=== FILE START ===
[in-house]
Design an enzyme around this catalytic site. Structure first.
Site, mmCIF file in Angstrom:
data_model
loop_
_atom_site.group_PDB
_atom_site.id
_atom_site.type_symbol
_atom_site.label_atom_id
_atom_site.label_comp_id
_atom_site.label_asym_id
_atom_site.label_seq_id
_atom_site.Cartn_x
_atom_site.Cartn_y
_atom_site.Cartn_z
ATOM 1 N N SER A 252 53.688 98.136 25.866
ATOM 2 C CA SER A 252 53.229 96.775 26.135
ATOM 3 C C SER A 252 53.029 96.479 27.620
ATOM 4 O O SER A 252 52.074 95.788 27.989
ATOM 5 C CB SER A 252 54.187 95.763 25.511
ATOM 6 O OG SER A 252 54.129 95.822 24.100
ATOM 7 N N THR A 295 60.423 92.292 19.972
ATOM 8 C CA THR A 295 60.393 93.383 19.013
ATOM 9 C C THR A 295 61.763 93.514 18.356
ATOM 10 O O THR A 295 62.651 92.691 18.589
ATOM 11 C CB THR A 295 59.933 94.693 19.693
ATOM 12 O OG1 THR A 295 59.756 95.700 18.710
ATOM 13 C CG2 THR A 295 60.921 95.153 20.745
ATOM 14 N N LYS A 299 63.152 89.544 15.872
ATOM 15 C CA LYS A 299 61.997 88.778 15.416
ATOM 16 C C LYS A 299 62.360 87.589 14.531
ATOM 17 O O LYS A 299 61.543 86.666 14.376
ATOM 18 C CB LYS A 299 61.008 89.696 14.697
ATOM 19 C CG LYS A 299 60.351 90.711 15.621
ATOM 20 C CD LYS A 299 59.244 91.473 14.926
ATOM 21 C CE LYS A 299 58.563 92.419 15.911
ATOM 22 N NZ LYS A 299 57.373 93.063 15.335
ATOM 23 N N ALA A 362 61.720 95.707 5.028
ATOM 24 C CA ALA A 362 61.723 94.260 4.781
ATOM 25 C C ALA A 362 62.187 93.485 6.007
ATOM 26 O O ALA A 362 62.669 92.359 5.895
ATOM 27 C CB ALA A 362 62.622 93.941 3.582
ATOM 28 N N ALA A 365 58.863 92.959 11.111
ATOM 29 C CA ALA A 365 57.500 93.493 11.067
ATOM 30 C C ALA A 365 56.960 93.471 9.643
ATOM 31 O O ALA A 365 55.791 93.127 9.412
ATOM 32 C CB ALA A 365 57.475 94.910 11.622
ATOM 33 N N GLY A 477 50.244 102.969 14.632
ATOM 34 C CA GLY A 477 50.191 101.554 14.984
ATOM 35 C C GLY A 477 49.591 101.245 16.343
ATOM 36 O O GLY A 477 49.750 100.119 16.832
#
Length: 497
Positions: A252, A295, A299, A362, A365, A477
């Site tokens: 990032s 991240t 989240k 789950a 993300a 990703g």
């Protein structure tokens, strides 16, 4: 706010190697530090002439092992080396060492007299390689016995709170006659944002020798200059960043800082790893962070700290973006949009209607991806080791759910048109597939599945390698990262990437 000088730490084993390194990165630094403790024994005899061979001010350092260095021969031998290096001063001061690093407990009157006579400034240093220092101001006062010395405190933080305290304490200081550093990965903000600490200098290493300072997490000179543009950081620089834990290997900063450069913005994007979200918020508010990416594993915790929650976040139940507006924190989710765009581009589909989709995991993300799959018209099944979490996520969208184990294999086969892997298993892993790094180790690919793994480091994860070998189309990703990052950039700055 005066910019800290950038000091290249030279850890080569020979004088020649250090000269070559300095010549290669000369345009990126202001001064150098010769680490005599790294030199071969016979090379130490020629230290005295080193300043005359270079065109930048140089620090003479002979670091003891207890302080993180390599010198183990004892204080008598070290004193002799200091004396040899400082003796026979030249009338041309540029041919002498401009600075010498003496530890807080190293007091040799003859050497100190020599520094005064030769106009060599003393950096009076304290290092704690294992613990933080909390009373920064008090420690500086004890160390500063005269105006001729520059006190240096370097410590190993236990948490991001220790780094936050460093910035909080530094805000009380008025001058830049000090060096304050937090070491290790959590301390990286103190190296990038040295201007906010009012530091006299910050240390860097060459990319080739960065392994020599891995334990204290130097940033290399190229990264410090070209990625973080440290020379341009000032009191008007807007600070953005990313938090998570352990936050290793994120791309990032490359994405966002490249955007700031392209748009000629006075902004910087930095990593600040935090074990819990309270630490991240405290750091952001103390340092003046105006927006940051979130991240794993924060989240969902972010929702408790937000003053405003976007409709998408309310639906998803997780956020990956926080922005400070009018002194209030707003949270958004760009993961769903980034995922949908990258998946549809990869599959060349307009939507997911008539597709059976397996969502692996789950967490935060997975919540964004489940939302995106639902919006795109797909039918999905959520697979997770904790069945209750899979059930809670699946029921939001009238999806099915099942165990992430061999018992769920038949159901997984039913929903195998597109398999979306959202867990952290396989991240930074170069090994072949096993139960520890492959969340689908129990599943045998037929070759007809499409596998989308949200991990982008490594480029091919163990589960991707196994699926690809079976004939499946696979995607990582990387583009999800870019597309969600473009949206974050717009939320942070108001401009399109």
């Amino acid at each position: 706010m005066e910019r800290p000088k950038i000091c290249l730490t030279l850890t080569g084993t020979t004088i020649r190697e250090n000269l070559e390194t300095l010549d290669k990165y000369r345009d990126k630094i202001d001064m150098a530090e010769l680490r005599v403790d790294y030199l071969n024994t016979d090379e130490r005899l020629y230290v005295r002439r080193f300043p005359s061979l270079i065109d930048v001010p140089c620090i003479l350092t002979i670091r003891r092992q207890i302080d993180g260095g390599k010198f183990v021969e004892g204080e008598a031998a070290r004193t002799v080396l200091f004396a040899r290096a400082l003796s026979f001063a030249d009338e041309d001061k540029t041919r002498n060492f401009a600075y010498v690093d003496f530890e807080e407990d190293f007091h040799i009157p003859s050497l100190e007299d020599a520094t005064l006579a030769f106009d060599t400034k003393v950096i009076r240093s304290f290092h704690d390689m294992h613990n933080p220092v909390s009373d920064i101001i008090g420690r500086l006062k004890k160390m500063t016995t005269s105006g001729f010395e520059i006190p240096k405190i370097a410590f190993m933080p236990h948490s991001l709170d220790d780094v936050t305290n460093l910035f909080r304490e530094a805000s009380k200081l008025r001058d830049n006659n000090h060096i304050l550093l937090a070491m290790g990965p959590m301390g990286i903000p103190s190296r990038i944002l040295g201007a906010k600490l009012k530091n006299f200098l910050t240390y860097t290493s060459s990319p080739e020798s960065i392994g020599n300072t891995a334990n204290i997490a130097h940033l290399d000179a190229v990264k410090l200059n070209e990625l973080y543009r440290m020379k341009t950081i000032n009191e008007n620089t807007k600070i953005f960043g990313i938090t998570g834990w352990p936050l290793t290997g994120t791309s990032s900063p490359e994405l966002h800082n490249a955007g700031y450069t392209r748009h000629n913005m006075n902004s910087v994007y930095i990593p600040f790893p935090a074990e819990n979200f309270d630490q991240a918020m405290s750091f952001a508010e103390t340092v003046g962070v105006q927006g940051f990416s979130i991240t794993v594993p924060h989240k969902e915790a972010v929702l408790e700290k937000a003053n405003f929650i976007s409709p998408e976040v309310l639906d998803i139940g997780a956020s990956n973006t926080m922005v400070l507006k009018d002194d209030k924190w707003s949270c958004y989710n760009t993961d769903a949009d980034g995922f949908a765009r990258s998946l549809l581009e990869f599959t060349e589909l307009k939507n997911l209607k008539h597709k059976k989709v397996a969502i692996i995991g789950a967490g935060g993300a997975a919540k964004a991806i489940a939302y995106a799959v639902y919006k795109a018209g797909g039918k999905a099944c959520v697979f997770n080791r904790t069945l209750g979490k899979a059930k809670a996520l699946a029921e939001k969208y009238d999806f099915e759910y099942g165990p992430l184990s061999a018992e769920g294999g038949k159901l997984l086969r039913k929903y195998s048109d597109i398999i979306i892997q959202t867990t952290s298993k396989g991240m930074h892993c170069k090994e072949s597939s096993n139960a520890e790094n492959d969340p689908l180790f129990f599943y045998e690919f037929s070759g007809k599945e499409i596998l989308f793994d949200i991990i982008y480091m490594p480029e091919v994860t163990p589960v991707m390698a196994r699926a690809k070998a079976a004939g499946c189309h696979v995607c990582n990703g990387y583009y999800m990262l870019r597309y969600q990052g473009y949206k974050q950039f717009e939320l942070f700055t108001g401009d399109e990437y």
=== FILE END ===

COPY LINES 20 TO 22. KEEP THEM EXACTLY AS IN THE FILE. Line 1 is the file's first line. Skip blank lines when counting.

ATOM 5 C CB SER A 252 54.187 95.763 25.511
ATOM 6 O OG SER A 252 54.129 95.822 24.100
ATOM 7 N N THR A 295 60.423 92.292 19.972